In this Jan. 9, 2007, file photo, Apple CEO Steve Jobs holds up an iPhone at the MacWorld Conference in San Francisco. Jobs introduced the first iPhone a decade ago. Jobs' "magical product" reshaped culture, shook up industries and made it seem possible to do just about anything with a few taps on a screen while walking around with the equivalent of a computer in our pocket. (AP/Paul Sakuma)
Few people realized it at the time, but the world shifted fundamentally a decade ago when Steve Jobs pulled the first iPhone from Apple's bag of technological tricks.
"Every once in a while, a revolutionary product comes along that changes everything," Jobs declared as he paced across a San Francisco stage.
It obviously wasn't an empty boast. We all know now that Jobs' "magical product" has reshaped culture, shaken up industries, put computers in billions of pockets and made it possible to do just about anything with a few taps on a screen. Besides its then 3.5-inch touch screen, the first iPhone featured a browser for on-the-go web surfing and built-in apps to check email and get directions.
Apple has sold more than 1 billion iPhones since its debut, spawning millions of mobile applications and prodding other technology companies to make similar smartphones that have become like phantom limbs for many of us.
We use iPhones and their copycats to instantly share video and pictures with friends and family from almost anywhere. We use them to figure out where we are going. We use them to find the best deals while shopping in stores and to pay for stuff at the checkout stand. We use the phones to a hail ride, to tune instruments, to monitor our health and help find our next jobs.
Phones have gotten so smart that they even talk back to us via helpful digital concierges such as the iPhone's Siri and the recently introduced Assistant on Google's Pixel phone.
"IPhone is an essential part of our customers' lives, and today more than ever it is redefining the way we communicate, entertain, work and live," Apple's current CEO, Tim Cook, boasted in a retrospective that the Cupertino, California, company posted on its website.
ROADKILL IN ITS WAKE
The iPhone's revolutionary touch screen doomed the BlackBerry, another once-popular internet-connected phone. Mobile phones and their tablet cousins triggered a downturn in personal computer sales that is still unfolding.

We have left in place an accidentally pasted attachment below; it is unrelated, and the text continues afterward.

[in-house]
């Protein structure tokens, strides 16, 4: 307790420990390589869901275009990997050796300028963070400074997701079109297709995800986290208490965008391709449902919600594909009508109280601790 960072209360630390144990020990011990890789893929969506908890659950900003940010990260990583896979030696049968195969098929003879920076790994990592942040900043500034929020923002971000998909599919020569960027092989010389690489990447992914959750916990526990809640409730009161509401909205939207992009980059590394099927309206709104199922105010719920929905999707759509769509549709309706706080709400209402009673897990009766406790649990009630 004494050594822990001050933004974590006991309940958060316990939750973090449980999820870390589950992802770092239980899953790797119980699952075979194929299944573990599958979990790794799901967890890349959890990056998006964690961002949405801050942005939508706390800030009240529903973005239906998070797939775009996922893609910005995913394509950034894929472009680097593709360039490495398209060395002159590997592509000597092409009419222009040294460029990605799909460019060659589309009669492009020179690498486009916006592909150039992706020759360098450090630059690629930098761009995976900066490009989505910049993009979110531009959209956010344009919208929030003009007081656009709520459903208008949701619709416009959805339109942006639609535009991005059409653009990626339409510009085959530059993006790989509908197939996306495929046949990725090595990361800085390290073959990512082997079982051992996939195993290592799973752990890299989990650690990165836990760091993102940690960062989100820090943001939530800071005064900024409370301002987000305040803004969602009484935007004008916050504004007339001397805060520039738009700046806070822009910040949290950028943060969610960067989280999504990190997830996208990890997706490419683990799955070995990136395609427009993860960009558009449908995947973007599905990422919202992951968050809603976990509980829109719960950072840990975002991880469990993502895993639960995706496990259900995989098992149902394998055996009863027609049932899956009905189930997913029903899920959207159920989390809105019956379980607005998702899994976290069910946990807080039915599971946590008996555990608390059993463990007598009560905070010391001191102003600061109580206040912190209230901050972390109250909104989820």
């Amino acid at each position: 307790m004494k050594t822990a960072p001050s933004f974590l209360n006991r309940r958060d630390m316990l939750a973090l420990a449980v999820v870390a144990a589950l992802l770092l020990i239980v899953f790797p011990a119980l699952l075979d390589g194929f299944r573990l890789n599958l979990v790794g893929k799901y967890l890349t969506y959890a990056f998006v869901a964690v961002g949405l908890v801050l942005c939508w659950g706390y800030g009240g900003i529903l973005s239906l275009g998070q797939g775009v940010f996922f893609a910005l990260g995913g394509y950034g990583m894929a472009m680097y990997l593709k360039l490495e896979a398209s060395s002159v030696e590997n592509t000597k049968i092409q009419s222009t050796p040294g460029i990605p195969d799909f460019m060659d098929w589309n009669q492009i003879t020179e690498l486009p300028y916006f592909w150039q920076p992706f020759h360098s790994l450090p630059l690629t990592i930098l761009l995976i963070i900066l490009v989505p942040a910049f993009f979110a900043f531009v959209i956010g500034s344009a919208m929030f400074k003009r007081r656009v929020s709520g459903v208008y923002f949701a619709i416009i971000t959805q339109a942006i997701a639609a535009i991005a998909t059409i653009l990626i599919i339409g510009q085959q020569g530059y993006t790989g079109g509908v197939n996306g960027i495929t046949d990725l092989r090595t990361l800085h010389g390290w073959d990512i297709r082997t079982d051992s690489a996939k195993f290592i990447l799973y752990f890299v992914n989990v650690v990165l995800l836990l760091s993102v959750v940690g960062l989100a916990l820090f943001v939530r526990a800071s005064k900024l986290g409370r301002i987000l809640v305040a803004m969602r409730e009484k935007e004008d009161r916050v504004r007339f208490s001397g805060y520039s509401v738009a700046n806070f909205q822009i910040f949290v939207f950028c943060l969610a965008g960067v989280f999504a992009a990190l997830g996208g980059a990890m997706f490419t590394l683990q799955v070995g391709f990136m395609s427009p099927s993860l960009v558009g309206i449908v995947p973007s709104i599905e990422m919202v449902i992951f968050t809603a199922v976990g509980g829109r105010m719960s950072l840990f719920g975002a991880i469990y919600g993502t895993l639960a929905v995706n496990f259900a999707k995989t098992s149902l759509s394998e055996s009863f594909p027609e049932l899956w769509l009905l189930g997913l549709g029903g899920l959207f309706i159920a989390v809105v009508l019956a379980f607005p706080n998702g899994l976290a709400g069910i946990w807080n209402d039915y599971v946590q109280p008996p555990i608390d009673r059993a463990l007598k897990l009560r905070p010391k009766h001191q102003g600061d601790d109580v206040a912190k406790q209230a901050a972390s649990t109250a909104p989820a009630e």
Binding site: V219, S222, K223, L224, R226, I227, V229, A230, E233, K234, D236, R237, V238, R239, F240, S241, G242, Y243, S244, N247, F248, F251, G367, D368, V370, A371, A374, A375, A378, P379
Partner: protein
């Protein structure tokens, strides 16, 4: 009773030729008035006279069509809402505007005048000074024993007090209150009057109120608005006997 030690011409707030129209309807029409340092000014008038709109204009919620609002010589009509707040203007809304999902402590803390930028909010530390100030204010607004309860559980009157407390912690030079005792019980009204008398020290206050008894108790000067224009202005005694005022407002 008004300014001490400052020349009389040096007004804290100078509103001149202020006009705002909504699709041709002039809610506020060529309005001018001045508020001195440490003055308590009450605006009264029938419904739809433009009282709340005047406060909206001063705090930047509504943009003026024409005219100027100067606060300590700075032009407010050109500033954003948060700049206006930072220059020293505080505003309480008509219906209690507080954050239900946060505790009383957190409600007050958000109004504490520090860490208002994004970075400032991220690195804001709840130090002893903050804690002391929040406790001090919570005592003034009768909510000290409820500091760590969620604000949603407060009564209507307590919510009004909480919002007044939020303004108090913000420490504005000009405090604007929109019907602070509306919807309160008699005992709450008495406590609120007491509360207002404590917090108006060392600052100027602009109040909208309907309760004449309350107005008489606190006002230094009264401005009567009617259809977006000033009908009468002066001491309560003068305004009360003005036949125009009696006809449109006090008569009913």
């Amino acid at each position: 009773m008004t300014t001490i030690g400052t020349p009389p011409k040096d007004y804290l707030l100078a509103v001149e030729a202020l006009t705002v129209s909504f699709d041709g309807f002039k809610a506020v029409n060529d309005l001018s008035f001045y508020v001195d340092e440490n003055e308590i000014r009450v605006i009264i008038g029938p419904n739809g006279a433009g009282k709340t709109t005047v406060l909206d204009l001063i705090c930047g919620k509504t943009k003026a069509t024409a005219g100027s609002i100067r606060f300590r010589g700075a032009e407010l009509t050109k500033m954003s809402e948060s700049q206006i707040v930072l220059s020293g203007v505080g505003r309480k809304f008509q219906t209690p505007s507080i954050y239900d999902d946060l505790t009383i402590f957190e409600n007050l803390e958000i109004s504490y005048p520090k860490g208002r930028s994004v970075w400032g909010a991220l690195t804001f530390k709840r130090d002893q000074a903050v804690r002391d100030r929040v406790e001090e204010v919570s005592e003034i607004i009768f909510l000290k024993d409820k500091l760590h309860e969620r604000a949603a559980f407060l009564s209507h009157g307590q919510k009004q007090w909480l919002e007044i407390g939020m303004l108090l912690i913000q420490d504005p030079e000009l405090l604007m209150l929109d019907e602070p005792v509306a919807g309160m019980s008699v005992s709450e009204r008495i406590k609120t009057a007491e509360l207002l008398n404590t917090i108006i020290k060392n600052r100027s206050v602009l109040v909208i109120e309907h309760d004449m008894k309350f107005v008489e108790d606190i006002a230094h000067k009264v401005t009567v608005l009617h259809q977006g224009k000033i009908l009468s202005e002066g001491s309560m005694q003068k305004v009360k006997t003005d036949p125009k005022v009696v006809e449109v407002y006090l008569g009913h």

An estimated 219 million desktop and laptop computers shipped worldwide last year, down from 264 million in 2007, according to the research firm Gartner Inc. Meanwhile, nearly 1.9 billion mobile phones shipped last year, up from 1.15 billion in 2007.
All told, Gartner estimates about 5 billion mobile phones are currently in use around the world compared to 1.3 billion PCs.
The eroding popularity of PCs spurred shake-ups at powerful tech companies such as Microsoft, Intel, Hewlett-Packard and Dell, none of which adapted nimbly to the mobile world unleashed by the iPhone.
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Then-Microsoft's CEO Steve Ballmer scoffed at Apple's glass-and-metal gadget, telling USA Today in April 2007 that "there's no chance that the iPhone is going to get any significant market share. No chance."
Microsoft wound up squandering the $7.6 billion that it spent to buy phone maker Nokia in a futile attempt to catch up to the iPhone. Ballmer stepped down as CEO three years ago and was replaced by Satya Nadella, who introduced versions of Microsoft's popular Office programs that worked on Apple's iPad — a tablet based on the iPhone.
A HUGE HIT ... AND THEN A STALL
The iPhone's success helped make Jobs a revered figure for many, and one whose October 2011 death was mourned around the world.
The device has established Apple as the world's most profitable company with earnings of $45.7 billion on sales of $216 billion during its latest fiscal year. (Prior to the iPhone's release, Apple posted an annual profit of $2 billion on sales of $19.3 billion.) Its stock-market value is hovering around $635 billion, thanks to a split-adjusted stock price that's risen by nearly a factor of 10 since the iPhone's debut.
Lately, though, the iPhone appears to be losing some steam. People are keeping older models for longer before upgrading or switching over to competing phones that run on Google's Android software.
Apple suffered its first-ever decline in iPhone sales in its last fiscal year, causing the company to miss its revenue projections and hitting Cook with a 15 percent pay cut .
Most smartphones now run on Android, partly because Google gives away the software. That has helped iPhone rivals woo price conscious consumers, especially outside the U.S., with phones that are much cheaper than the iPhone, whose latest models now cost more than $649 to $849.
In his statement, though, Cook promised the iPhone is "just getting started. The best is yet to come."